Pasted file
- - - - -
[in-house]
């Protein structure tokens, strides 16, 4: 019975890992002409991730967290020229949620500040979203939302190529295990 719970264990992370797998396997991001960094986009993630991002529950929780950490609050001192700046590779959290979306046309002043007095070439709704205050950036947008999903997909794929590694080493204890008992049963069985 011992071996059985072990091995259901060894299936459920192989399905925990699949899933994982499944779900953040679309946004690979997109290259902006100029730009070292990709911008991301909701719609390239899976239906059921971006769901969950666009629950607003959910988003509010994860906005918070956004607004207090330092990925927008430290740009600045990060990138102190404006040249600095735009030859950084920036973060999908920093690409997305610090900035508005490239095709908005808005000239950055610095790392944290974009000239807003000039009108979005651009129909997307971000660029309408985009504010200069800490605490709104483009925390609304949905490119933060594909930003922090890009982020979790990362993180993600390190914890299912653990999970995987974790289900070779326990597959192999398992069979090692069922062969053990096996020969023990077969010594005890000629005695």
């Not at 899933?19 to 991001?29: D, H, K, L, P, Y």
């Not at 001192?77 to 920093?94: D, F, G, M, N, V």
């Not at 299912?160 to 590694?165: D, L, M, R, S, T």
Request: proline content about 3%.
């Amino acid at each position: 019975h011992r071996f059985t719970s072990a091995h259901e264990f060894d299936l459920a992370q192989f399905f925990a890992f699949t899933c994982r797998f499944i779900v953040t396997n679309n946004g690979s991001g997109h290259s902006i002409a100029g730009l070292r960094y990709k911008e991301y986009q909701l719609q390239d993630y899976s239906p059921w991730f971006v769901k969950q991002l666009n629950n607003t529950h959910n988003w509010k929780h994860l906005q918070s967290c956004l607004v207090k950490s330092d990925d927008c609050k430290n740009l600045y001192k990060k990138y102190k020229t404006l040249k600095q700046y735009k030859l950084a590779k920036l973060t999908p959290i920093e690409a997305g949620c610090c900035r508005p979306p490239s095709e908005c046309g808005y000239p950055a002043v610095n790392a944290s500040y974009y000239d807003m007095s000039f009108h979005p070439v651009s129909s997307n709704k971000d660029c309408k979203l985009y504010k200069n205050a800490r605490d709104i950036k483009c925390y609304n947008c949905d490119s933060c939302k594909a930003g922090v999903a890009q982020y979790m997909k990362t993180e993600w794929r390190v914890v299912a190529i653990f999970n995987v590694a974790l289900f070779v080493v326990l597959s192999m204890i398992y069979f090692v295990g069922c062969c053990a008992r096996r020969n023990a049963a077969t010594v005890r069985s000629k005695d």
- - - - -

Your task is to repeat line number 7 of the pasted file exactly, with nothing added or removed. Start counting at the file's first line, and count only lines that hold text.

């Amino acid at each position: 019975h011992r071996f059985t719970s072990a091995h259901e264990f060894d299936l459920a992370q192989f399905f925990a890992f699949t899933c994982r797998f499944i779900v953040t396997n679309n946004g690979s991001g997109h290259s902006i002409a100029g730009l070292r960094y990709k911008e991301y986009q909701l719609q390239d993630y899976s239906p059921w991730f971006v769901k969950q991002l666009n629950n607003t529950h959910n988003w509010k929780h994860l906005q918070s967290c956004l607004v207090k950490s330092d990925d927008c609050k430290n740009l600045y001192k990060k990138y102190k020229t404006l040249k600095q700046y735009k030859l950084a590779k920036l973060t999908p959290i920093e690409a997305g949620c610090c900035r508005p979306p490239s095709e908005c046309g808005y000239p950055a002043v610095n790392a944290s500040y974009y000239d807003m007095s000039f009108h979005p070439v651009s129909s997307n709704k971000d660029c309408k979203l985009y504010k200069n205050a800490r605490d709104i950036k483009c925390y609304n947008c949905d490119s933060c939302k594909a930003g922090v999903a890009q982020y979790m997909k990362t993180e993600w794929r390190v914890v299912a190529i653990f999970n995987v590694a974790l289900f070779v080493v326990l597959s192999m204890i398992y069979f090692v295990g069922c062969c053990a008992r096996r020969n023990a049963a077969t010594v005890r069985s000629k005695d």